Facebook, Twitter on ‘high Alert’ For Election Misinformation

President Trump has declared it official: Russian activity on social media during the 2018 midterms was real and “very, very troubling.” It came in the form of Russia-linked ads and pages that made millions of dollars’ worth of purchases on Facebook.

He’s also making good on his promise to respond. The next step is a panel of Americans to select a “monitoring group” that will propose an action plan to prevent Russian meddling in 2020.

“If I were Vladimir Putin, I’d be pretty happy about that,” Trump said of an initiative announced in the White House Rose Garden yesterday.

Trump announced the plan just as the British Parliament voted in favor of the use of chemical weapons in Syria. The British Parliament is unlike the United States — the majority of the elected branches are controlled by its own government. Trump’s decision to broadcast his referendum vote on this breaking news was apparently not without cost.

Richard Allan, a senior staffer at Facebook, said the company had been looking ahead to what happens next:

“Today, we are announcing that we are changing the way we operate — putting forward this strategy as an aspirational goal and investing resources to improve our ability to deliver on it. We will also be analyzing every asset across our platform, analyzing everything we are doing to promote elections and in particular, to deter interference,” Allan said.

President Trump is already looking to make more of the same this election season. An announcement is reportedly imminent. The president believes the council, headed by former Attorney General Eric Holder, will be able to help detect foreign meddling and assist the government in deterring other countries from doing it in the future.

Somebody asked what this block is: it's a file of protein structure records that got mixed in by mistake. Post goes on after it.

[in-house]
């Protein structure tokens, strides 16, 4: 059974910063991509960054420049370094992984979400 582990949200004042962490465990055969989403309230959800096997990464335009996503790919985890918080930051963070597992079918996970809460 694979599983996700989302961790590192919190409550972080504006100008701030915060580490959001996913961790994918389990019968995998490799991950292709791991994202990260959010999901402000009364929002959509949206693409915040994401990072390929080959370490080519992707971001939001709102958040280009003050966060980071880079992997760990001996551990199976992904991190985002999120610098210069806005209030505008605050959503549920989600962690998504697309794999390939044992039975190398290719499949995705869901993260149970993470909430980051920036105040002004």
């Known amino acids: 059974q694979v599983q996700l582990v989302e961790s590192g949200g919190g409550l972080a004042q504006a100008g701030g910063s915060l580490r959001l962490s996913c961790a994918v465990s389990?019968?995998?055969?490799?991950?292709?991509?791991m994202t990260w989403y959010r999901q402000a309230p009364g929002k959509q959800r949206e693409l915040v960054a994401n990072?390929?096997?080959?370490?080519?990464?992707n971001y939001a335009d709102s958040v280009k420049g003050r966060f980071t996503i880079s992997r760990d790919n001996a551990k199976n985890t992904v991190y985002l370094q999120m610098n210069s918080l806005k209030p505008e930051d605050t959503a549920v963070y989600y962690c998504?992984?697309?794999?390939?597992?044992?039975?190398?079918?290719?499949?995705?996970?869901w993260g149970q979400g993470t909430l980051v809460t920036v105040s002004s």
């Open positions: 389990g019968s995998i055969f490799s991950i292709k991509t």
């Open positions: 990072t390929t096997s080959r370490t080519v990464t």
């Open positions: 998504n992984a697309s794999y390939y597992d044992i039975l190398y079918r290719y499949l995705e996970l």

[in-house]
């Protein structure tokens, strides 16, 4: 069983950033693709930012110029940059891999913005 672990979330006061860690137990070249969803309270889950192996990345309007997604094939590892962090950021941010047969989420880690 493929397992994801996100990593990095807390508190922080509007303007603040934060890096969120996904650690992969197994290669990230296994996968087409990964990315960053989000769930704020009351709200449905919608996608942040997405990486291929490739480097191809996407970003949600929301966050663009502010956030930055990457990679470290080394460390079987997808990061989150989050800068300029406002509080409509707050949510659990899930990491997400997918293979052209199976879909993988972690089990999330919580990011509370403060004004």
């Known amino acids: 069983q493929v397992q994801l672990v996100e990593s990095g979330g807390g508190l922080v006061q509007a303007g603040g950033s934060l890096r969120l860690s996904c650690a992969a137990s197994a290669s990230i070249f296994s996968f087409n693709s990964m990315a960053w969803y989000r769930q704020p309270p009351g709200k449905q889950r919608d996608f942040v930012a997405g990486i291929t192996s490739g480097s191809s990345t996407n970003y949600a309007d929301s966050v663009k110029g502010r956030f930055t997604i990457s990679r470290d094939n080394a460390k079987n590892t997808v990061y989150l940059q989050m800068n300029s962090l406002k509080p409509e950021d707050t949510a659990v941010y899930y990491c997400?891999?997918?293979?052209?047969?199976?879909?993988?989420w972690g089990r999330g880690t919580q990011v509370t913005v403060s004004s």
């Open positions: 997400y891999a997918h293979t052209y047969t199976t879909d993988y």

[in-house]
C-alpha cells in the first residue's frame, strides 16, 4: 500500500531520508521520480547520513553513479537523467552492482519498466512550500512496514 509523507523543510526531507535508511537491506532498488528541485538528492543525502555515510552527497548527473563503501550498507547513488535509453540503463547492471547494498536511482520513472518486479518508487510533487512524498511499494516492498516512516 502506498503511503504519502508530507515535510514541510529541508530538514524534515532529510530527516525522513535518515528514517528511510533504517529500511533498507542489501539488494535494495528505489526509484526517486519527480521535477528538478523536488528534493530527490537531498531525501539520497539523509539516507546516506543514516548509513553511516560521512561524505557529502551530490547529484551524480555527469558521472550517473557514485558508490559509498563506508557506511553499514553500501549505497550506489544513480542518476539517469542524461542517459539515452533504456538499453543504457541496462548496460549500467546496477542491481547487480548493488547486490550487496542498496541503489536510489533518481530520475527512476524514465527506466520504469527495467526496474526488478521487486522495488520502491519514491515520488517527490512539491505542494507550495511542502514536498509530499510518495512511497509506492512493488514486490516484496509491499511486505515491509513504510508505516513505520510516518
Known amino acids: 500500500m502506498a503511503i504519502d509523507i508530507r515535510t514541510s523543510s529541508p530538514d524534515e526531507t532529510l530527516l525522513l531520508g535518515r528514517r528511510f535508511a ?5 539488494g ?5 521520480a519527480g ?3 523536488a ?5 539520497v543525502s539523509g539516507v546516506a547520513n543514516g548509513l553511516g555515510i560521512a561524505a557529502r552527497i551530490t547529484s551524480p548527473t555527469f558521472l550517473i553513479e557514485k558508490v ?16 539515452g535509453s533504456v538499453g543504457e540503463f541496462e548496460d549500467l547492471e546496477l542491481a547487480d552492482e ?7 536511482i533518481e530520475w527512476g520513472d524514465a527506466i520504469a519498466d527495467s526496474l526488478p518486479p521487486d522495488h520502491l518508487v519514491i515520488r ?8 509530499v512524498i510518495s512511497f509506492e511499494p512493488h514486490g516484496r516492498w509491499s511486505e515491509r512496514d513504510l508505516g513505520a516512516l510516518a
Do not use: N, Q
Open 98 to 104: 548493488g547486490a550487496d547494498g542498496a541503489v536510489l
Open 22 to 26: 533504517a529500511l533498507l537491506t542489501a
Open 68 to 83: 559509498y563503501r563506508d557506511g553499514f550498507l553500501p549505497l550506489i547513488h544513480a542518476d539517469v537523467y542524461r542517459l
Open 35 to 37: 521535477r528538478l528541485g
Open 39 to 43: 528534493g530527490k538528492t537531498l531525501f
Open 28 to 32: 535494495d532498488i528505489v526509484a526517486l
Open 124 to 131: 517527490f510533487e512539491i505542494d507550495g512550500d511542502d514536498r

This seems like an acknowledgement that this round of Russian meddling was not a one-off. Trump immediately endorsed a change to U.S. foreign policy that would require the U.S. to receive “proof” that another country was attempting to influence an election. “Not before Election Day, not before the vote, and maybe not ever,” Trump told reporters.

It’s also likely that Trump is ready to dismantle the previously redacted Russia policy apparatus, the working group on elections. Chief among its members is Christopher Krebs, head of the Department of Homeland Security’s cybersecurity division. Krebs told Reuters the group, including Krebs, has warned multiple countries, including Russia, that they can face “consequences” for any attempts to interfere in foreign elections.

Also included in the official lineup is Jesselyn Radack, the top lawyer for the Government Accountability Office who happens to represent special counsel Robert Mueller.

There were many more names on the list released yesterday but Congresswomen Maxine Waters, Mark Pocan, and Ed Markey want them all to be included. Several members of Congress have already called for their resignation over their role in drafting a memo that said there was no evidence that Trump colluded with Russia during the 2016 election.

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